World Rainforest Movement

India: Jatropha plantations destroy the livelihoods of poor local communities

The plans for the establishment of jatropha plantations aimed at the production of biodiesel are based on the alleged availability of “barren and degraded” lands in the country. Within government there is a belief that large areas within forests are wastelands, including degraded forests, pasture and grazing lands, and under-stocked forest land that could be used for jatropha plantation.

Indigenous and local communities contest the criteria of barren and degraded lands. For instance, many arid and semi-arid ecosystems have been classified as ‘barren and degraded’, in spite of the fact that those areas are often inhabited and used by communities, who themselves do not consider them to be barren nor degraded. When these lands are categorized as such, this opens them up for jatropha plantations, or other so-called “land improvements” that the affected community may strongly oppose.

To fulfill their ambitious jatropha plantation targets, state governments like that of Chhattisgarh virtually let loose the forest development corporation (FDC) and the forest department (FD) and give them a free hand to carry on this mission. Both FDC and FD officials started indiscriminate planting of jatropha saplings on any land, forest or non-forest, or disputed, that they could lay their hands on, often forcibly, leading to major rights violations of the vulnerable forest communities, dalits and tribals, severely curtailing their rights to livelihood.

During the second half of 2007, hundreds of tribal families, living for generations in the forests of Chhattisgarh, were displaced from their cultivable land by the forest department and jatropha was forcibly planted on their lands. “Incidents of such forcible planting of jatropha by the forest department have happened in at least five districts of Kawardha, Bilaspur, Korba, Kanker and Rajnandgaon,” said Pravin Patel of Tribal Welfare Society.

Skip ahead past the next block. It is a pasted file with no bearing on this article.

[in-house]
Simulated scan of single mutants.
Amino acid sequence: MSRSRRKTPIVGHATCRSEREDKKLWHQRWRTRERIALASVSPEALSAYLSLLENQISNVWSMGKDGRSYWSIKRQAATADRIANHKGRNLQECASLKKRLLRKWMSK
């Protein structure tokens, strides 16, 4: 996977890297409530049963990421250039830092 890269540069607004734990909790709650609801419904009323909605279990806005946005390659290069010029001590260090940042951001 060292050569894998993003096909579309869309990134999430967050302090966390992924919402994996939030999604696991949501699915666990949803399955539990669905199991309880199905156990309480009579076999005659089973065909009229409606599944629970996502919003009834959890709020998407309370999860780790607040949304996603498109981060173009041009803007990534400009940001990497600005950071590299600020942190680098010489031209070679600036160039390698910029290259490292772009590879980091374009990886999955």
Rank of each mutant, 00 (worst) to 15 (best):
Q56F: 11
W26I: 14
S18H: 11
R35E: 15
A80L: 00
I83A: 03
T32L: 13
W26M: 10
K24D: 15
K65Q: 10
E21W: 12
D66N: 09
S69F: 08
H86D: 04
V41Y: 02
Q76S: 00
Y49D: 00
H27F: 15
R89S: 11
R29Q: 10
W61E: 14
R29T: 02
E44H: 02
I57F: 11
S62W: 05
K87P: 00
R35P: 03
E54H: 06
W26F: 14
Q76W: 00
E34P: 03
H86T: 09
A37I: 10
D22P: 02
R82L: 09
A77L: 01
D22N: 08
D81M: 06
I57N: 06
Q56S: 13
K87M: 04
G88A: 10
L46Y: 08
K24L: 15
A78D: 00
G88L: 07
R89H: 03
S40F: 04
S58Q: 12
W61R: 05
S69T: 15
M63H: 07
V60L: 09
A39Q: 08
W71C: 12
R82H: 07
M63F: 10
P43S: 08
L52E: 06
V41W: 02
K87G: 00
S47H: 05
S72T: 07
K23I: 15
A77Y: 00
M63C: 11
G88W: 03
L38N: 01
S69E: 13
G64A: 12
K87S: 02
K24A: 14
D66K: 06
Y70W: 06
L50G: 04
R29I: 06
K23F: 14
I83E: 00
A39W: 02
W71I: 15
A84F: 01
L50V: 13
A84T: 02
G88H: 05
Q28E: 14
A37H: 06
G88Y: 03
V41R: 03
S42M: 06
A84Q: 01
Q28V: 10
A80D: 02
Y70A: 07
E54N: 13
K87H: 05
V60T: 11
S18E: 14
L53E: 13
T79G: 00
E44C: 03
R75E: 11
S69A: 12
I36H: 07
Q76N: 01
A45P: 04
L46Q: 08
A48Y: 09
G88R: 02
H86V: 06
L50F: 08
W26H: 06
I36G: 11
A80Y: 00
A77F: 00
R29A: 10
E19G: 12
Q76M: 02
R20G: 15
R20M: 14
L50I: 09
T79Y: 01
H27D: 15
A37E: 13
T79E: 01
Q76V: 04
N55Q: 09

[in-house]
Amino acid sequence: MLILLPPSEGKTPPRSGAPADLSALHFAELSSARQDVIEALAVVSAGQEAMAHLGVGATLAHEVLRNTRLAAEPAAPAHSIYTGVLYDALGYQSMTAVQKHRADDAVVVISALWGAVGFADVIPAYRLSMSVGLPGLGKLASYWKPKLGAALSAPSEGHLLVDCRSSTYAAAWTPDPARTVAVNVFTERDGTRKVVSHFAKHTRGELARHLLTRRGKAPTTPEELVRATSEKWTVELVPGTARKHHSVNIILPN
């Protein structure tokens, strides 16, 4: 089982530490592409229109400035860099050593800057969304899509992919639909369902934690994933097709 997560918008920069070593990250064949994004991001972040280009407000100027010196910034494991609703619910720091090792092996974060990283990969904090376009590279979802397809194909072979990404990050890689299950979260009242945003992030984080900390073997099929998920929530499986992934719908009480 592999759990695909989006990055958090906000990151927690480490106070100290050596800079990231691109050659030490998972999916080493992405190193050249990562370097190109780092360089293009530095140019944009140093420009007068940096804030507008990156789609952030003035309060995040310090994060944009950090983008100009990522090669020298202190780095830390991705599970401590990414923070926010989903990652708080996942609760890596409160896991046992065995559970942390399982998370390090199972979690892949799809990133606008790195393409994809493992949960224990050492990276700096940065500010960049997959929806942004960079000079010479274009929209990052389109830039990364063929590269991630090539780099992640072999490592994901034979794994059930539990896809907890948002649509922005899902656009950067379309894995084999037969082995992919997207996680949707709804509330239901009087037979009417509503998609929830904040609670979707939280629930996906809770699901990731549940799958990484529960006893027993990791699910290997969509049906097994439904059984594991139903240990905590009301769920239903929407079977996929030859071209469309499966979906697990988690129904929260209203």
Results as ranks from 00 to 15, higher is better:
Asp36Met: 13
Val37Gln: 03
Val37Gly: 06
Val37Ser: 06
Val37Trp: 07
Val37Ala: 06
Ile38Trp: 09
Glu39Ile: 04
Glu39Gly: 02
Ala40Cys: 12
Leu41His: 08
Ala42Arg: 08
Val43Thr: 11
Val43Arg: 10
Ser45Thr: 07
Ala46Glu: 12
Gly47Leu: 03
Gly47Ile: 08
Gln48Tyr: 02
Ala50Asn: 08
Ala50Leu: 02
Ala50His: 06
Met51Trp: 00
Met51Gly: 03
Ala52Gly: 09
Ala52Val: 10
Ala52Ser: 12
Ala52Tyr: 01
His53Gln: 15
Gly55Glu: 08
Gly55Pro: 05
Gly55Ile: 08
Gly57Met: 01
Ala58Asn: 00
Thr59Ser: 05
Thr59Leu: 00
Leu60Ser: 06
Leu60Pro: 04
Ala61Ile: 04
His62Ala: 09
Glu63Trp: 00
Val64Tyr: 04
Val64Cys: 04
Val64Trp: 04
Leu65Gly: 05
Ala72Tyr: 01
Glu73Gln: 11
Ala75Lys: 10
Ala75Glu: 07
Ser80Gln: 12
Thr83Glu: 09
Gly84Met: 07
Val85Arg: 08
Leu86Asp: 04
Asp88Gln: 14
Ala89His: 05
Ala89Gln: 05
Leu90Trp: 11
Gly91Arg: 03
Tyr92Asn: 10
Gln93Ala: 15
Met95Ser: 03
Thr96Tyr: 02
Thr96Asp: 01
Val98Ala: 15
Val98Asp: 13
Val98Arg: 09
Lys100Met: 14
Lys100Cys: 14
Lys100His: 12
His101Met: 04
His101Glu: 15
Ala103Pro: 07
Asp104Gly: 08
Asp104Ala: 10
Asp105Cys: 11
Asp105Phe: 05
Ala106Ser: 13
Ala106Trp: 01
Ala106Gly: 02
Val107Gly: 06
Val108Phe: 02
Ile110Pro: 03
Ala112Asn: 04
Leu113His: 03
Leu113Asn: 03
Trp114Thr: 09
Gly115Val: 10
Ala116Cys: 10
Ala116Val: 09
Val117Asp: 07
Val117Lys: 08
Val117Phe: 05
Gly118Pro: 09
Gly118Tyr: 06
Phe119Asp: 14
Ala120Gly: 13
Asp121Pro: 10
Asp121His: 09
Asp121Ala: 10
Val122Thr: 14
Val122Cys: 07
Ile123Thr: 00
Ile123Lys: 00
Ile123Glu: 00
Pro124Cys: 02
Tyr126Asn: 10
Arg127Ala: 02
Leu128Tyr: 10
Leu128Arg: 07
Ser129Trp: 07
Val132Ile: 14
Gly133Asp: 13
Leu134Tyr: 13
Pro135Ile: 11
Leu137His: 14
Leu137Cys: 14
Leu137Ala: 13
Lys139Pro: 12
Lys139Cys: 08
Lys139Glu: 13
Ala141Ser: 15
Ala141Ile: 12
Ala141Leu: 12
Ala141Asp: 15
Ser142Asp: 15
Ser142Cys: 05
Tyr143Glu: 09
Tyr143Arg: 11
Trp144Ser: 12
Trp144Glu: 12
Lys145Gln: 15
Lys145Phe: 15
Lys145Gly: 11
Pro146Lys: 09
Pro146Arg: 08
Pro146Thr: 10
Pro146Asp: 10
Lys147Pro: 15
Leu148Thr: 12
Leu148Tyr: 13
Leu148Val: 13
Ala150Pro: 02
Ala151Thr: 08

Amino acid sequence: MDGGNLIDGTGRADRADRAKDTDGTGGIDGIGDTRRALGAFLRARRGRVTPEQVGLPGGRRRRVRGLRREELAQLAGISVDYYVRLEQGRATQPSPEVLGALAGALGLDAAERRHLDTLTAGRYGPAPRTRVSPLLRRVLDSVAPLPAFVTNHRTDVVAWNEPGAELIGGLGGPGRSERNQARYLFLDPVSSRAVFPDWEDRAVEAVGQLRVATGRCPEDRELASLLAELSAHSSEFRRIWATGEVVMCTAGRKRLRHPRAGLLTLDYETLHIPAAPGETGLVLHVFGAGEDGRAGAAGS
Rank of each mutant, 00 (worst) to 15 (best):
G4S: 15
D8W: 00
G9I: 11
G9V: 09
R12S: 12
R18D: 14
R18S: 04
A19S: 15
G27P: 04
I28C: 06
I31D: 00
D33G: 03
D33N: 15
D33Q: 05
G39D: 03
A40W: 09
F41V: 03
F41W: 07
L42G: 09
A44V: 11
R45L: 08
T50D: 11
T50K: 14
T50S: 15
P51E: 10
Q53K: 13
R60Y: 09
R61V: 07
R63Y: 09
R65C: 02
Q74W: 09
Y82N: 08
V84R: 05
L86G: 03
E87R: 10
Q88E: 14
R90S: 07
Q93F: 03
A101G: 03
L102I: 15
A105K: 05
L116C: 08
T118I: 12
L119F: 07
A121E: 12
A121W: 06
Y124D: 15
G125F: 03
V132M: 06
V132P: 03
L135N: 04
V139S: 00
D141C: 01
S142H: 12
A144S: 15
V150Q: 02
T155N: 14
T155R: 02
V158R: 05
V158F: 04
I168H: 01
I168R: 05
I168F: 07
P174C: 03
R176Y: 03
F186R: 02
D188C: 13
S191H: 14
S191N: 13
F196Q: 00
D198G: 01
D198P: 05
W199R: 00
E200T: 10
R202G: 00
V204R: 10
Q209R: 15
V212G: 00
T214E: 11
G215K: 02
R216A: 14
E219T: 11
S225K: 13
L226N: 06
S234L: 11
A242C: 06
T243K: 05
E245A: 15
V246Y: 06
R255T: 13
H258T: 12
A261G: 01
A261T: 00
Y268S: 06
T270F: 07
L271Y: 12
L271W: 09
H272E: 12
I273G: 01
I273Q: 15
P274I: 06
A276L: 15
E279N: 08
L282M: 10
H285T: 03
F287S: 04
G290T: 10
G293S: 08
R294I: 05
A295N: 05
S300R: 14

Baigas are an indigenous group, spread across the forest regions of Chhattisgarh and Madhya Pradesh. These tribals live in extreme poverty; grow some staple food such as kodu, some lentils and paddy where they have access to cultivable lands. A large number of them engage in manual work and tend to cattle.

As Budhu Ram of Baridih in Bilaspur district, described, “The local forest officials, usually forest guards and deputy ranger, accompanied by the Sarpanch (village Panchayat chief) come with a big herd of cattle, which runs amok over their crops, trampling them down and destroying them totally. Subsequently, that crop land is forcibly planted with jatropha”.

This is precisely what happened in the Baigatola of Baridih village on August 7, 2007, when 400 heads of cattle were herded into the cultivable land of the Baigas, destroying their Kodu crop planted in June. The whole area was then planted with jatropha saplings. The Baigas fought back, uprooted the jatropha saplings and filed a complaint with the local police. But the Baigas, Bhils and dalits in other villages were not so lucky. Protesting villagers in Belgahona, Konochara, Mithtu Nawagaon and Kekradihi were beaten up by the forest guards and arrested by the police. In the process more than 150 families lost their cultivable land, the only means of their subsistence.

The story repeats itself in the forests of Kanker and Bastar districts. According to Ratneshwar Nath of Parivartan, an NGO working among the tribals of Kanker and Bastar districts, at least 355 families of 27 villages were affected and displaced by the forcible planting of jatropha on their land. “More than seventeen hundred acres of land cultivated by the tribals for generations, have been taken away from them for planting jatropha”, Ratneshwar said.

Field visits and media reports indicate that forcible plantation of jatropha on the land of tribals and dalits, on village common lands and grazing lands are rampant in the other districts of Raipur, Dhamtari, Kabirdham, Durg, Rajnandgaon, Korba, Sarguja and Jashpur.

All for the sake of feeding cars!

Article based on a yet to be published report by Souparna Lahiri for Friends of the Earth International. For more information, please contact the author of the report: